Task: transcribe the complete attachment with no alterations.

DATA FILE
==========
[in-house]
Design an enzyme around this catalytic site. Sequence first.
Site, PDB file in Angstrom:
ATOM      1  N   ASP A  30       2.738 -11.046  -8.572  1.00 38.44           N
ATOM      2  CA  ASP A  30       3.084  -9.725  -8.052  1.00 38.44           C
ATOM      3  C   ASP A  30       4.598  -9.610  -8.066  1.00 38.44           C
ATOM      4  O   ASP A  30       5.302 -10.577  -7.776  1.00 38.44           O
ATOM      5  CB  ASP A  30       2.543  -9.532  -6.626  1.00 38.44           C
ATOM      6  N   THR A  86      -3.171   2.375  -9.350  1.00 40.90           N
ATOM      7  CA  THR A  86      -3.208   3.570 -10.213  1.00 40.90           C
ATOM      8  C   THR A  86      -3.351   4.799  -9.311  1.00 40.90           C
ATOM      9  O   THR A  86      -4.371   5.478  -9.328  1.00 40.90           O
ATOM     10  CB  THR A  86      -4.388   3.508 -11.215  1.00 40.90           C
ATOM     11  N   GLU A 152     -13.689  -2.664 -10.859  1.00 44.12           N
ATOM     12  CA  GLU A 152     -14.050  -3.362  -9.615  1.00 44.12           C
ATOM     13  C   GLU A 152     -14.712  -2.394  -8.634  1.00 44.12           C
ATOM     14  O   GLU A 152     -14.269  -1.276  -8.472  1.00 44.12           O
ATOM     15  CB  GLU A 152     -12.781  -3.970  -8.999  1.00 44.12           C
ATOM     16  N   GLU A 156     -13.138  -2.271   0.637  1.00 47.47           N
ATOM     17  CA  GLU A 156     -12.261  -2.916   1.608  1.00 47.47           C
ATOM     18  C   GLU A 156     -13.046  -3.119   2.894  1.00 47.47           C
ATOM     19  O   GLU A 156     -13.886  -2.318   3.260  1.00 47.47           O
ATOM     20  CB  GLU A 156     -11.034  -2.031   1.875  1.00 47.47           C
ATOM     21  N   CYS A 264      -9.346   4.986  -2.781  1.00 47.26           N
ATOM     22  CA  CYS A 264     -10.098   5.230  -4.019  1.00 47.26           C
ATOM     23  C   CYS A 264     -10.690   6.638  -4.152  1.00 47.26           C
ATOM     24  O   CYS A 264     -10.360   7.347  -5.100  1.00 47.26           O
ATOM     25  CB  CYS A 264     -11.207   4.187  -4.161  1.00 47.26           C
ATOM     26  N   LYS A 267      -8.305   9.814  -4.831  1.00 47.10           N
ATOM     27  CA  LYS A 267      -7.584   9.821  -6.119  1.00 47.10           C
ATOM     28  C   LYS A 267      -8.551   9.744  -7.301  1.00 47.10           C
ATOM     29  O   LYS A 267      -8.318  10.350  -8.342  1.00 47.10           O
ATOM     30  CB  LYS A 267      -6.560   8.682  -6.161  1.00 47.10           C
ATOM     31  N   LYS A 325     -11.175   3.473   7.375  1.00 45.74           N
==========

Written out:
[in-house]
Design an enzyme around this catalytic site. Sequence first.
Site, PDB file in Angstrom:
ATOM      1  N   ASP A  30       2.738 -11.046  -8.572  1.00 38.44           N
ATOM      2  CA  ASP A  30       3.084  -9.725  -8.052  1.00 38.44           C
ATOM      3  C   ASP A  30       4.598  -9.610  -8.066  1.00 38.44           C
ATOM      4  O   ASP A  30       5.302 -10.577  -7.776  1.00 38.44           O
ATOM      5  CB  ASP A  30       2.543  -9.532  -6.626  1.00 38.44           C
ATOM      6  N   THR A  86      -3.171   2.375  -9.350  1.00 40.90           N
ATOM      7  CA  THR A  86      -3.208   3.570 -10.213  1.00 40.90           C
ATOM      8  C   THR A  86      -3.351   4.799  -9.311  1.00 40.90           C
ATOM      9  O   THR A  86      -4.371   5.478  -9.328  1.00 40.90           O
ATOM     10  CB  THR A  86      -4.388   3.508 -11.215  1.00 40.90           C
ATOM     11  N   GLU A 152     -13.689  -2.664 -10.859  1.00 44.12           N
ATOM     12  CA  GLU A 152     -14.050  -3.362  -9.615  1.00 44.12           C
ATOM     13  C   GLU A 152     -14.712  -2.394  -8.634  1.00 44.12           C
ATOM     14  O   GLU A 152     -14.269  -1.276  -8.472  1.00 44.12           O
ATOM     15  CB  GLU A 152     -12.781  -3.970  -8.999  1.00 44.12           C
ATOM     16  N   GLU A 156     -13.138  -2.271   0.637  1.00 47.47           N
ATOM     17  CA  GLU A 156     -12.261  -2.916   1.608  1.00 47.47           C
ATOM     18  C   GLU A 156     -13.046  -3.119   2.894  1.00 47.47           C
ATOM     19  O   GLU A 156     -13.886  -2.318   3.260  1.00 47.47           O
ATOM     20  CB  GLU A 156     -11.034  -2.031   1.875  1.00 47.47           C
ATOM     21  N   CYS A 264      -9.346   4.986  -2.781  1.00 47.26           N
ATOM     22  CA  CYS A 264     -10.098   5.230  -4.019  1.00 47.26           C
ATOM     23  C   CYS A 264     -10.690   6.638  -4.152  1.00 47.26           C
ATOM     24  O   CYS A 264     -10.360   7.347  -5.100  1.00 47.26           O
ATOM     25  CB  CYS A 264     -11.207   4.187  -4.161  1.00 47.26           C
ATOM     26  N   LYS A 267      -8.305   9.814  -4.831  1.00 47.10           N
ATOM     27  CA  LYS A 267      -7.584   9.821  -6.119  1.00 47.10           C
ATOM     28  C   LYS A 267      -8.551   9.744  -7.301  1.00 47.10           C
ATOM     29  O   LYS A 267      -8.318  10.350  -8.342  1.00 47.10           O
ATOM     30  CB  LYS A 267      -6.560   8.682  -6.161  1.00 47.10           C
ATOM     31  N   LYS A 325     -11.175   3.473   7.375  1.00 45.74           N